2020 Charitable Contributions for Income Tax Purposes

What a year this has been.  So many events never dealt with.  And, as we approach the end of the year, perhaps you are thinking about charities that you have or would like to support but feel that because you don’t itemize deductions on your personal income tax returns, you don’t get the benefit of any contributions.  Well, one positive change this year has brought is that you do NOT have to itemize deductions to get the benefit of charitable CASH contributions of up to $300 to qualifying organizations.  This is thanks to the CARES Act. 

You may not think that $300 is enough to make a difference but that is $300 off of your taxable income and could even be what is needed to reduce your tax bracket. 

But, remember, it has to be to a “qualified” organization.  It cannot be to a Go Fund Me account or donations made to a grieving family, etc.

So, what is a “qualified” charity?  Religious, charitable, educational, scientific or literary in purpose.  If you would like more information about qualifying charity, visit irs.gov and do a “Tax Exempt Organization” Search, review Publication 526 – Charitable Contributions, or Tax Topic 506. 

If you itemize deductions, unfortunately you will not get the benefit of the $300 as your charitable donations will be itemized on your Schedule A.  If you itemize your deductions, always make certain to keep receipts for all donations – cash and/or non-cash.  If you need some guidance with non-cash contributions, visit irs.gov and look for Publication 561 and Form 8283.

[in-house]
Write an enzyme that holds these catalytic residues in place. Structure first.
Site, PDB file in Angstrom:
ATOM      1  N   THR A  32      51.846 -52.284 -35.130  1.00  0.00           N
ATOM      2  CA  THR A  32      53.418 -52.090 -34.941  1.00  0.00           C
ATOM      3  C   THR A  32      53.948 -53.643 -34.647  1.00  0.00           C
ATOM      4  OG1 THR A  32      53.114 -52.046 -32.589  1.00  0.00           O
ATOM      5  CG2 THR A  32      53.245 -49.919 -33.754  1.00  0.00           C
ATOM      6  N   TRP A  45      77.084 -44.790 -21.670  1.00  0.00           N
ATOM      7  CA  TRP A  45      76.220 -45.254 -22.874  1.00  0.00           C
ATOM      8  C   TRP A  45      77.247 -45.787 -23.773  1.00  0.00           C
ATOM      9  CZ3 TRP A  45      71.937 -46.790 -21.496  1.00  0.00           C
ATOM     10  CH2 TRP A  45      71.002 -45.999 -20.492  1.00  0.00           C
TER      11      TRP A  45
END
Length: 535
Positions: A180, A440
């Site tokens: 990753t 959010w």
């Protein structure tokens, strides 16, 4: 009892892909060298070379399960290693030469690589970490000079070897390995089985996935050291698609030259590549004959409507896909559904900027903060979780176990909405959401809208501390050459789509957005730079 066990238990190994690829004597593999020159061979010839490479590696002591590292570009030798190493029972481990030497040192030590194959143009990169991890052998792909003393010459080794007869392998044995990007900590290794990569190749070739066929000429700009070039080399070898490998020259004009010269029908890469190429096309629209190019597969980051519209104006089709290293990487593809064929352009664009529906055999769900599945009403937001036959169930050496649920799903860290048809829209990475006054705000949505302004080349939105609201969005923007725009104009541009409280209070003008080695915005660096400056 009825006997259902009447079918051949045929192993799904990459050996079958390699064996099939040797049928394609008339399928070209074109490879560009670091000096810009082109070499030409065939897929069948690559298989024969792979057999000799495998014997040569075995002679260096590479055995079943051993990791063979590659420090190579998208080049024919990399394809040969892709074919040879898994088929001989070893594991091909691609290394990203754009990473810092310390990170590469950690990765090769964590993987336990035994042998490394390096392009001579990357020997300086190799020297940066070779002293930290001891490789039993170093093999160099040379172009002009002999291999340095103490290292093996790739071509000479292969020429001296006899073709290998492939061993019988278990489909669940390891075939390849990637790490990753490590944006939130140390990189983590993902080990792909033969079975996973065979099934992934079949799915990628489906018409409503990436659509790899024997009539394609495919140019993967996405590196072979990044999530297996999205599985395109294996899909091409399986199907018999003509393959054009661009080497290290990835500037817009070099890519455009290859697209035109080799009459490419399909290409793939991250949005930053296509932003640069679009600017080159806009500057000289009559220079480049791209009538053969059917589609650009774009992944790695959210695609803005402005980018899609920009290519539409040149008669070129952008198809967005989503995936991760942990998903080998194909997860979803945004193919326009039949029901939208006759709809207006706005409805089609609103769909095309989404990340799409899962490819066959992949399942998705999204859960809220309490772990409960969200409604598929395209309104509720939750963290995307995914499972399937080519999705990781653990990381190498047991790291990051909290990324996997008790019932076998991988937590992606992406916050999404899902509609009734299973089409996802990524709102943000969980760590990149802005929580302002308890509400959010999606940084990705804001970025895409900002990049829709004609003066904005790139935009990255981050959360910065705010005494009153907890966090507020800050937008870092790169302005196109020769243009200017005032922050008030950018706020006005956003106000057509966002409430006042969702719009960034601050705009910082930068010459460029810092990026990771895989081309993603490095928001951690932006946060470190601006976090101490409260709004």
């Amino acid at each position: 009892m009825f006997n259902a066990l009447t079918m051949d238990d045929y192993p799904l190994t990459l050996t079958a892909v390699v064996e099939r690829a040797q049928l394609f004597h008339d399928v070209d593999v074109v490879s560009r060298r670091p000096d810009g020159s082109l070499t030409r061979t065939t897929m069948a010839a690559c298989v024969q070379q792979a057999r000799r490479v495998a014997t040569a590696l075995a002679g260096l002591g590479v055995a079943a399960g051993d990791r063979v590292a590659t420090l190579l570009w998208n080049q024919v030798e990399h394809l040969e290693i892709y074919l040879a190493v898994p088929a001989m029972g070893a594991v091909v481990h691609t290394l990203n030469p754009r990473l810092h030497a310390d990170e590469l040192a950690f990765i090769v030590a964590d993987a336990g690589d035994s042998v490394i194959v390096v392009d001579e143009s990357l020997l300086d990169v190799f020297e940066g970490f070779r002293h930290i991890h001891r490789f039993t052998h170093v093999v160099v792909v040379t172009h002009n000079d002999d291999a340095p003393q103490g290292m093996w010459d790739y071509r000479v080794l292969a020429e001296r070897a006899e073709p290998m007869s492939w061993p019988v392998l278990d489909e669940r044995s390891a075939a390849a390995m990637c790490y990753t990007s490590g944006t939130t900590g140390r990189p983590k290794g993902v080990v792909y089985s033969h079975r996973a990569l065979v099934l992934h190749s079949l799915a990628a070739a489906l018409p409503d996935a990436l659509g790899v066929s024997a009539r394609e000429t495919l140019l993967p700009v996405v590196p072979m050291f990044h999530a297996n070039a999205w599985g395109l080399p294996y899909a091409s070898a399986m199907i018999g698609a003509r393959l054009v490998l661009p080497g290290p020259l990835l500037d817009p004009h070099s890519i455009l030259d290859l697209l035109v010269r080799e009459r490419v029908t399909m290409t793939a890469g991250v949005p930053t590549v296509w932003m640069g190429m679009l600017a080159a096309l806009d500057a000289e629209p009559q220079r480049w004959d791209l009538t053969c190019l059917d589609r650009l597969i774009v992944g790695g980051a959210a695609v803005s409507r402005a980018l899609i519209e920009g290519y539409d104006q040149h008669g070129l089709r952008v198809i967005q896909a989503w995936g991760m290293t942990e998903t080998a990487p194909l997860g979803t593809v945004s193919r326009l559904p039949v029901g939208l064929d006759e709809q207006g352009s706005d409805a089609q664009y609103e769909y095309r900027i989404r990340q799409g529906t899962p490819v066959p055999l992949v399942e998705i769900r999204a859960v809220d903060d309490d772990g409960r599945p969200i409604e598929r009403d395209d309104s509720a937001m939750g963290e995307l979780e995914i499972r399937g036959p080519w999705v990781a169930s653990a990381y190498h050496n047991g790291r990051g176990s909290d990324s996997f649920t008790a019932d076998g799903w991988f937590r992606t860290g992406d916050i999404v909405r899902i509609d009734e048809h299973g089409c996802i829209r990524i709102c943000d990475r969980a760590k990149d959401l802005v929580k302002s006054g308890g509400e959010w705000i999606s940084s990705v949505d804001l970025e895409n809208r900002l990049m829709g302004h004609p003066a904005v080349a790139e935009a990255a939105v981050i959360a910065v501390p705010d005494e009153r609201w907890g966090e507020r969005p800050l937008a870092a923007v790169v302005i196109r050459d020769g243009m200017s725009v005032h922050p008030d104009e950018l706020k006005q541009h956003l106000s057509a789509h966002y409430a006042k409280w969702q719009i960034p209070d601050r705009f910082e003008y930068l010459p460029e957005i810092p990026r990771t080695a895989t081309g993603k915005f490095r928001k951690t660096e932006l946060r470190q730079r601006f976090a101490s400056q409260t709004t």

Finally, if you have reached the magical age for required minimum distributions from your IRA, you are eligible to make a charitable contribution from your IRA of up to $100,000 directly to the charity which will count toward your minimum distribution requirement for the year.  Check with your financial advisor or accountant for further information.

Happy contributing.


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About the Author

Kay Sowa is a paralegal in the Trusts and Estates Group at Capehart & Scatchard, P.A. She is an IRS Enrolled Agent, an Accredited Estate Planner®, and a Certified Trust and Fiduciary Advisor. She oversees the trust and estate administration practice for the firm. She is an accomplished author and lecturer who has frequently spoken on behalf of a number of organizations including the National Business Institute and the Institute of Paralegal Education.

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